The Perils of Pleasure review

I still don’t know what I really think about this book.

The writing was an absolute revelation – beautiful, unique and interesting by any standards, not just “for a romance novel”.

But soon she would be on a ship, a speck ploughing through the Atlantic Ocean, and some weeks after that she would land, tiny and anonymous as a seed, on American soil, and grow her life all over again from the ground up.

I think one reason her writing is so startingly original is her choice of metaphor and simile. Our writing teacher is always telling us to be absolutely critical of our word choice, to interrogate over and over again whether we have used the most precise word to evoke an image.

She asked us to consider the following completions of the sentence “black as

cart grease

her heart

Tommy’s left eye after I kicked his head in

the C minor concerto.

Every version is no more or less a true description of the colour black, but it gives tremendous insight into the character. Julie Anne Long doesn’t resort to the obvious trimmings of Regency life for her metaphors. She reaches for the most precise image to invoke her particular characters. They are wholly unique and themselves.

One effect of this is that the world feels current. I absolutely love when books or films manage to do that – to make you feel like people didn’t live back then with the consciousness that they were living “back then”, in a different time. Her characters think about clubs and parties in a way that I can relate to. They have genuine desires for themselves that have nothing to do with a kind of melancholy self-consciousness.

Another effect was that I believed absolutely in these two falling in love – and in their initial indifference and resistance to it (which is so, so hard to do). And here’s one of the things that confounds me about my reaction to the book: On the one hand the love story is absolutely convincing. On the other, they are so very in love – these two, specific people who couldn’t be replaced with Hero/Heroine figureheads – that it almost felt intrusive to be in there with them. Like I had stumbled on an intensely private moment.

Hey, this isn’t by any means bad. It just meant that at the same time as enjoying what is a curiously unique experience in romance writing, I also didn’t get much of the vicarious thrill of the genre. The obliqueness of character that allows you, as a reader, to fall in love as well.

I also felt that the writing, beautiful and surprising and joyful as it was, was not edited to my tastes. Her style can very easily fall into melodrama – which I absolutely love, but which has to be doled out in just the right amounts, at the very moment of emotional piquancy – and was at times allowed to unravel a bit with word repetitions and sloppy word choices.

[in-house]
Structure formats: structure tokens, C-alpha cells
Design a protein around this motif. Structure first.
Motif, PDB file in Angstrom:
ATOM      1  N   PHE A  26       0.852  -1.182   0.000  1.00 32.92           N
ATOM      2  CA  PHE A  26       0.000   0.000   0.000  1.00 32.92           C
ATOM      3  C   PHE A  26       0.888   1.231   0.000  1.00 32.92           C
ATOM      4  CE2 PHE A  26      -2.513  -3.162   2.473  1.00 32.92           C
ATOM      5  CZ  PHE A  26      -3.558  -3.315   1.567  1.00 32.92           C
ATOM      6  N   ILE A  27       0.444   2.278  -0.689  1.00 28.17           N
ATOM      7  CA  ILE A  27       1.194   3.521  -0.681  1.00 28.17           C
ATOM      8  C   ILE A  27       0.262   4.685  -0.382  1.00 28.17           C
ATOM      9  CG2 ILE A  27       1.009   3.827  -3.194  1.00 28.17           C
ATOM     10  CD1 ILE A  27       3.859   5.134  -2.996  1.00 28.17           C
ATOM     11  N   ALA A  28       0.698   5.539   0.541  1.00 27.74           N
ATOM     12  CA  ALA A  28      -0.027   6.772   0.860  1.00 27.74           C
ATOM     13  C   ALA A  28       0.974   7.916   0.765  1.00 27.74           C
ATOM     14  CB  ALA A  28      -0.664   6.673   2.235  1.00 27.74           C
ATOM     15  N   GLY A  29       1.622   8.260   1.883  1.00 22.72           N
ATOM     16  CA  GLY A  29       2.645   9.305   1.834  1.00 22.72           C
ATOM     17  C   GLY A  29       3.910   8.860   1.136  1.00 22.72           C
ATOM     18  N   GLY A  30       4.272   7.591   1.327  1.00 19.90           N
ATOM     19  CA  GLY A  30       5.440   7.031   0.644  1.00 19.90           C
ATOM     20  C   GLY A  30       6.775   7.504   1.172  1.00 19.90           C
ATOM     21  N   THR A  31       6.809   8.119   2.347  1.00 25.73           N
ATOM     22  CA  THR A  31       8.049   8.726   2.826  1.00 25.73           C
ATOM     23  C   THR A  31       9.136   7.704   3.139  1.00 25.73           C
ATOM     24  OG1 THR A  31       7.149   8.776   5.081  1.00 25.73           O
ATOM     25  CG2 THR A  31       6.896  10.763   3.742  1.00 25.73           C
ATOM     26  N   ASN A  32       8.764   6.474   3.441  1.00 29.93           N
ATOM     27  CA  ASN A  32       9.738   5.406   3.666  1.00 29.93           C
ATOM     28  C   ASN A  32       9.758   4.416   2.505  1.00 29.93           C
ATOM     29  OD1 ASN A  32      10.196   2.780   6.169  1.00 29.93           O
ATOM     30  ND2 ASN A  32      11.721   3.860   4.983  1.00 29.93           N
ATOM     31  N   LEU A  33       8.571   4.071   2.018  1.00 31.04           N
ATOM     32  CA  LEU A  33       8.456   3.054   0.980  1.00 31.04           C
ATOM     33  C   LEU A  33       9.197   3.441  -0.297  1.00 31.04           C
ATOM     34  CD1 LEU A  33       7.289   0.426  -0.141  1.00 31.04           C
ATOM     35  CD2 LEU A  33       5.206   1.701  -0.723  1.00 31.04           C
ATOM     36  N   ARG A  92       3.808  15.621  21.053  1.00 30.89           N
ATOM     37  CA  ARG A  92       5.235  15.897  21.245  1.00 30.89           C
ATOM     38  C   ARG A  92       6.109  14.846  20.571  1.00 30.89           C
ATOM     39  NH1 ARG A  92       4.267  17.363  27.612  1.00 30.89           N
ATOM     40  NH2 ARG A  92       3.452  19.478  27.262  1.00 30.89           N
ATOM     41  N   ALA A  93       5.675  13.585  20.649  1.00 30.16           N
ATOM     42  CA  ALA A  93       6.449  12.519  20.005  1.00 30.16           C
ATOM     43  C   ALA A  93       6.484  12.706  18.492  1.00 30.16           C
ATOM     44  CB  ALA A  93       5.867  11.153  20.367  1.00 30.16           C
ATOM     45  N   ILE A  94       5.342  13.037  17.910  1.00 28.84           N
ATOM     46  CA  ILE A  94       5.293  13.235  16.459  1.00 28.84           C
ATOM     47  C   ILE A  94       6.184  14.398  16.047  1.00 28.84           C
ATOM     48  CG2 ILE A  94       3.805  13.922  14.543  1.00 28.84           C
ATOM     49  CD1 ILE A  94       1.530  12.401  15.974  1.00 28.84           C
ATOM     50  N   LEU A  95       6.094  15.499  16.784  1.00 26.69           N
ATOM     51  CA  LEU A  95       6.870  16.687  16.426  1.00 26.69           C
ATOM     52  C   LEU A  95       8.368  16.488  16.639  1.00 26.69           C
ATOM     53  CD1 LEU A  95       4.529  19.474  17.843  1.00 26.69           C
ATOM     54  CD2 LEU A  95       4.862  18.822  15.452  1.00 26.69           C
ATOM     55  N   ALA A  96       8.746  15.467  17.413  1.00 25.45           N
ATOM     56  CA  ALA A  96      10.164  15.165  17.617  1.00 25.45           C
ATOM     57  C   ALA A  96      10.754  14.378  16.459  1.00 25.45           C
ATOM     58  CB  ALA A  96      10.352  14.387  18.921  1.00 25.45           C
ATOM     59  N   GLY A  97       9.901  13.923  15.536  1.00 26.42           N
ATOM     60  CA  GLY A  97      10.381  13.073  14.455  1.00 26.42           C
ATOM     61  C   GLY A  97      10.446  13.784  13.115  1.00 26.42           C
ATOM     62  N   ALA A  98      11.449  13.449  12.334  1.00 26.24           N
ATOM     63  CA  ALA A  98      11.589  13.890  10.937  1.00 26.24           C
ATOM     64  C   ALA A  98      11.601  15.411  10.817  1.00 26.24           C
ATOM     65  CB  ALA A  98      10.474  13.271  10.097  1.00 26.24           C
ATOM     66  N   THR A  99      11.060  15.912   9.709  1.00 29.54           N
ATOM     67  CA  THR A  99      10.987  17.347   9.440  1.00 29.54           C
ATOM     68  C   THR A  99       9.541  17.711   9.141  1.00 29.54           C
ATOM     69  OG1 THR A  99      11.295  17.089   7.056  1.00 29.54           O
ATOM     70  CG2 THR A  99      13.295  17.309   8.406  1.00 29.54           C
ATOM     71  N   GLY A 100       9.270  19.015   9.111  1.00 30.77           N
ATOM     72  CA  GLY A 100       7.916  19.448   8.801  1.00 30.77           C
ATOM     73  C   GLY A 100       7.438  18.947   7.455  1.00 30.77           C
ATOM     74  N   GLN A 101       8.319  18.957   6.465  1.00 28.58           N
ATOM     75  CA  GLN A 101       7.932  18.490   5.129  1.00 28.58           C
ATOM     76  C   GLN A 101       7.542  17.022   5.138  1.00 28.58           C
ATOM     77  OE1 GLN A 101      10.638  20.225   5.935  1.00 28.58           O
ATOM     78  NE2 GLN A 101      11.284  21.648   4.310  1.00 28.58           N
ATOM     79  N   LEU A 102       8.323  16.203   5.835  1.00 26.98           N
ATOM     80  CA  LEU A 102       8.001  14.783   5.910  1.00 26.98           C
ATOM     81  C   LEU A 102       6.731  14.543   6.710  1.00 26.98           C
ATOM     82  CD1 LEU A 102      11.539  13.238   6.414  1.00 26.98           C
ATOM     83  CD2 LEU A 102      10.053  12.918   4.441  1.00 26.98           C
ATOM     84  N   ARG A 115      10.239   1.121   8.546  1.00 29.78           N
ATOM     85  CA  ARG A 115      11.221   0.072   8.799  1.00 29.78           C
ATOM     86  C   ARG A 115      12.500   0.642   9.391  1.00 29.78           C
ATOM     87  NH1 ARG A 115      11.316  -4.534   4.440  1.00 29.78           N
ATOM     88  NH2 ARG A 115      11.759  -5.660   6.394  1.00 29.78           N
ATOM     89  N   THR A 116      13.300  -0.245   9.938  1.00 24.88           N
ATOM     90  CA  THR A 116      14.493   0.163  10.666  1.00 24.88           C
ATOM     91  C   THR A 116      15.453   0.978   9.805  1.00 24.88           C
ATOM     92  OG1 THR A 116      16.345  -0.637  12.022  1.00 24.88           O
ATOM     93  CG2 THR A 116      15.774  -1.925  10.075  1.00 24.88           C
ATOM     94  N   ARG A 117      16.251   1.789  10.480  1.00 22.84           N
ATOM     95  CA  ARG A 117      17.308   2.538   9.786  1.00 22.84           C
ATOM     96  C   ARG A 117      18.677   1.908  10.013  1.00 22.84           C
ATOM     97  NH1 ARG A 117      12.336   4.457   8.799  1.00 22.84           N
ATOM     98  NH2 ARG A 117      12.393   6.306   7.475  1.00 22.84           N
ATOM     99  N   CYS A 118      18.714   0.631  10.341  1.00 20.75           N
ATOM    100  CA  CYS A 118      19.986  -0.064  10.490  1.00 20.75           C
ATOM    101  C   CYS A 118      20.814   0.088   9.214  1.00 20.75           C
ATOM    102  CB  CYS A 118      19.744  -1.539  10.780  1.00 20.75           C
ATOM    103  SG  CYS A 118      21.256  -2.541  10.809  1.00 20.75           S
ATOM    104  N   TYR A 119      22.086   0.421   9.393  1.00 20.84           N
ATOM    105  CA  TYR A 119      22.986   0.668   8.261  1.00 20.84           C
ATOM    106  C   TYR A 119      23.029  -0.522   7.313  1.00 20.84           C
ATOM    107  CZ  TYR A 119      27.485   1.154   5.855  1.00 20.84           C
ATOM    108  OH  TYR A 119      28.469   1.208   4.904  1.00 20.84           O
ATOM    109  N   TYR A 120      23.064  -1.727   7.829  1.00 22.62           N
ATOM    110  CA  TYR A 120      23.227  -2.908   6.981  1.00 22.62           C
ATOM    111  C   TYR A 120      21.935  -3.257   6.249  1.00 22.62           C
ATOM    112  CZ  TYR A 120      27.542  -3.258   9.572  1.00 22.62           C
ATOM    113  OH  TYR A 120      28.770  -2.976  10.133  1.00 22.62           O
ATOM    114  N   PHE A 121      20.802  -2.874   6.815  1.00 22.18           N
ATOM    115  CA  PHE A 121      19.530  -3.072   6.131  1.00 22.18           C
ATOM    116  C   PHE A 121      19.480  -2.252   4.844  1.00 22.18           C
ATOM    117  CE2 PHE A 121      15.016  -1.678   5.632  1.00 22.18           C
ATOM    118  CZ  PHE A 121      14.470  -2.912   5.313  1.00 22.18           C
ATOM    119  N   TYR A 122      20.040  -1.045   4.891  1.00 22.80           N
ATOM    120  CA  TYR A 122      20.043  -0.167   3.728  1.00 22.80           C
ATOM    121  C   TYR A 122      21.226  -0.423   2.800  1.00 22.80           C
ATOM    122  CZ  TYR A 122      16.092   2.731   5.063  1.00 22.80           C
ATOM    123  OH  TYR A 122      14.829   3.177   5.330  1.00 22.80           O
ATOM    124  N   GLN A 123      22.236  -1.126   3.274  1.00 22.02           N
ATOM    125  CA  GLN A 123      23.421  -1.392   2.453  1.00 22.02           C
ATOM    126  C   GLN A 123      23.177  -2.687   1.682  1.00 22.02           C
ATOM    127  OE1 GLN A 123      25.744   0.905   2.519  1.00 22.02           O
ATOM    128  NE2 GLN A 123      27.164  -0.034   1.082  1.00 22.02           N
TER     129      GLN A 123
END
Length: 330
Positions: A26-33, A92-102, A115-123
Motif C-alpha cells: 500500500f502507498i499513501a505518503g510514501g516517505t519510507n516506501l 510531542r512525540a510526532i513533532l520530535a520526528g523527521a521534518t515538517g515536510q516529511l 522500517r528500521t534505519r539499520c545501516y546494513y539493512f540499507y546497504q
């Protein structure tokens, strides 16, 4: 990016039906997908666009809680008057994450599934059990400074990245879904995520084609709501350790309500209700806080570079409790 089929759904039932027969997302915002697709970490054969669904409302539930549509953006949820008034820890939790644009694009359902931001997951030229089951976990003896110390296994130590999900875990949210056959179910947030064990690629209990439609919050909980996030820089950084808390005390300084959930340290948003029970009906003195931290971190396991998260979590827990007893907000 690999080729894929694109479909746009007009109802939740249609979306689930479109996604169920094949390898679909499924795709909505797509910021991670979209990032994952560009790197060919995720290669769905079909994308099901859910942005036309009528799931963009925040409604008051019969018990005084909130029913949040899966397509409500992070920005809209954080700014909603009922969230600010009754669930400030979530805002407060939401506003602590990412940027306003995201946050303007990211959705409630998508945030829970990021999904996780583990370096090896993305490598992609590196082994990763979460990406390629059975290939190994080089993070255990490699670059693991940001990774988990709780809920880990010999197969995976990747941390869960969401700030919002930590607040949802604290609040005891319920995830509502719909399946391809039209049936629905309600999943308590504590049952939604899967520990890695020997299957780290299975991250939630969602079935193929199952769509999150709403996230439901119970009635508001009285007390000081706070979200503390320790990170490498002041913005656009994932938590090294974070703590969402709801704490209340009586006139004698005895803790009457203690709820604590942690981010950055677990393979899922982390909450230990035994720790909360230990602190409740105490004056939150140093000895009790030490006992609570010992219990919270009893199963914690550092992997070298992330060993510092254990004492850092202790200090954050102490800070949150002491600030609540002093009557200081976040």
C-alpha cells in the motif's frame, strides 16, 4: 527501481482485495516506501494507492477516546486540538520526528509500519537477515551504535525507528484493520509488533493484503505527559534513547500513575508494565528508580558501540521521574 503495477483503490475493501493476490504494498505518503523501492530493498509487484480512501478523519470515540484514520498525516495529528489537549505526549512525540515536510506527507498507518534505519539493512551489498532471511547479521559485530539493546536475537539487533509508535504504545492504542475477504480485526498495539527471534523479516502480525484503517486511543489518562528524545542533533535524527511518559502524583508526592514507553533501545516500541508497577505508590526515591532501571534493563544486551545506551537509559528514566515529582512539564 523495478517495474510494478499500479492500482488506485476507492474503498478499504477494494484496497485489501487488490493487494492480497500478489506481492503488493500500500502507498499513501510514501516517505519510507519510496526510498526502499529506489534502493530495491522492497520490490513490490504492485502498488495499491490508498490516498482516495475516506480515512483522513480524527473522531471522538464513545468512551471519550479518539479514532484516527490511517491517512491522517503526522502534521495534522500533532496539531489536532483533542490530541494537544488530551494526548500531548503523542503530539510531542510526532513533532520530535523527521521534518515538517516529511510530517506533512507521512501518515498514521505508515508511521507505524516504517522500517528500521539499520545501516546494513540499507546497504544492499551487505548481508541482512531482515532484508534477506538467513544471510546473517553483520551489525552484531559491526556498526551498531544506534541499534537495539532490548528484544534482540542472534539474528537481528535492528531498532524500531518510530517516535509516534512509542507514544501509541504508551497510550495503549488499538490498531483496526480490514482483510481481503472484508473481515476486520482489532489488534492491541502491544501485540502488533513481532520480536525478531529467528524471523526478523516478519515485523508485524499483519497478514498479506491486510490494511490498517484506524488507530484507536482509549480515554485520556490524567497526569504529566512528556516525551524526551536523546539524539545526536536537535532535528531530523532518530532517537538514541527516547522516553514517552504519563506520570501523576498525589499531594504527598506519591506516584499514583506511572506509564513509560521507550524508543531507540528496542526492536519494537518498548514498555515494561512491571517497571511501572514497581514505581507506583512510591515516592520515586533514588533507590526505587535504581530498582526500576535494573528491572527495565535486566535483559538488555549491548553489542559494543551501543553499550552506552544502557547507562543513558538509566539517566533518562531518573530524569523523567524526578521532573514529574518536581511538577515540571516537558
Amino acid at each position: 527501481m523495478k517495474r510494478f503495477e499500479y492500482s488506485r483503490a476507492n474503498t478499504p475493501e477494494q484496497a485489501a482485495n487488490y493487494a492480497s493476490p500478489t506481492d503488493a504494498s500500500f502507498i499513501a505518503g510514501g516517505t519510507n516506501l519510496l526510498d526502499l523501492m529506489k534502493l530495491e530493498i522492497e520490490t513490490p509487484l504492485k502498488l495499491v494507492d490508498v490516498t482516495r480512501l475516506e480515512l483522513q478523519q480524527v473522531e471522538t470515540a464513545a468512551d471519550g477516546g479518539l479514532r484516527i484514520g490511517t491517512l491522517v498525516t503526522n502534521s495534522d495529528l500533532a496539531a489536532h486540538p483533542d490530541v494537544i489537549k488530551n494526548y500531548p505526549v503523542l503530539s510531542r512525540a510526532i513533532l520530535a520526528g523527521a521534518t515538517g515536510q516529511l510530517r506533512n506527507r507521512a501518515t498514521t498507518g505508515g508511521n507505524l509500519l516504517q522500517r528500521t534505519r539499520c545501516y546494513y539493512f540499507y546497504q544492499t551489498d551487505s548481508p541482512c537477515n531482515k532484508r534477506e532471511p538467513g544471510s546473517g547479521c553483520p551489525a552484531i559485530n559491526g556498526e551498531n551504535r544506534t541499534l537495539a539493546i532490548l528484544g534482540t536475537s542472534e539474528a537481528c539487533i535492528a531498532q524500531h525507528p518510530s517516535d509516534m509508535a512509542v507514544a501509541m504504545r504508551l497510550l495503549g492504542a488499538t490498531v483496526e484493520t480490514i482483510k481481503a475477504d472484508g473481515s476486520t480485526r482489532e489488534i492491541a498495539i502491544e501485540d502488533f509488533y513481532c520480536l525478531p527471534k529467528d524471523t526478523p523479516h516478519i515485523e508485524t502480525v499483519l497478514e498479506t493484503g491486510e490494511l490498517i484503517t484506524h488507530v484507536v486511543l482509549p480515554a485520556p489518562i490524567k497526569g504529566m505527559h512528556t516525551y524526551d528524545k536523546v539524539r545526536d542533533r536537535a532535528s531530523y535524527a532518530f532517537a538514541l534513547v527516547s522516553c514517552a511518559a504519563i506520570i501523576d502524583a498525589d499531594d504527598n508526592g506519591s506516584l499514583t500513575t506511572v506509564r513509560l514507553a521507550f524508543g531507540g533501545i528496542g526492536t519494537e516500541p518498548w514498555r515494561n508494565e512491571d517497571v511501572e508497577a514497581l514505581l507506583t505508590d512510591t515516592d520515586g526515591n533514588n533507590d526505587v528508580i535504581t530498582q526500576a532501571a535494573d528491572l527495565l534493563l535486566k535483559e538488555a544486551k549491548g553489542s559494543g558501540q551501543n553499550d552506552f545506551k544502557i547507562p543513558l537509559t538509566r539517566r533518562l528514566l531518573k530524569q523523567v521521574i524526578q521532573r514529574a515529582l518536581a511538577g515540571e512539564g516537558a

I felt that with just a small amount of tightening and interrogation, the writing would serve the story as a whole much better. It is such fresh, talented writing, that I think it’s a shame not to push it that bit further.

Another disconcerting element was the plot, which doesn’t follow the normal genre lines. The narrative is split between a number of voices at different times – not just that of the protagonists. The protagonists themselves don’t even begin to really fall in love until well into the book.

I loved the detail of her plot though: A woman mercenary steals the darling of society from the scaffold on the day of his hanging and they spend the next week running about London and the countryside trying to stay alive and clear his name before his brother marries his sweetheart. Their adventure takes the oddest turns – again, she doesn’t resort to Regency cliches. Among other things they meet a doctor who tries to justify to them his use of stolen cadavers – a world of detail and interest and moral ambiguity arising from the conversation.

The one truly disappointing part of the novel was the moment of capitulation. This is hard for any romance novelist. I know for me it’s by far the hardest part of the book. How do you convincingly have a character who has resisted love as though their very life depended on it decide to risk everything for it? For such a great writer who obviously knows her characters inside-out, Long gave lip-service to the moment in this book. It didn’t really matter though, because all the hard work had been done.

I loved this book while I was reading it, because it surprised and delighted me – and I could respect the characters and felt that my intelligence was respected in the writing of it. But still I can’t declare it one of my favourite romance novels. And I still don’t know why.

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About anna cowan

I look around, and here I am - housewife and aspiring romance novelist. This seems unexpected.
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4 Responses to The Perils of Pleasure review

  1. cheryl nekvapil says:

    The dress the lady in the frontispiece picture doesn’t look like it belongs to another era — that’s petty isn’t it, but it doesn’t put me in the right era to start with?? But I haven’t even got past the cover of a romance novel yet.

  2. amkuska says:

    I have to read this book. Thank you so much for sharing.

  3. Pingback: selling a convoluted plot | diary of a(n accidental) housewife

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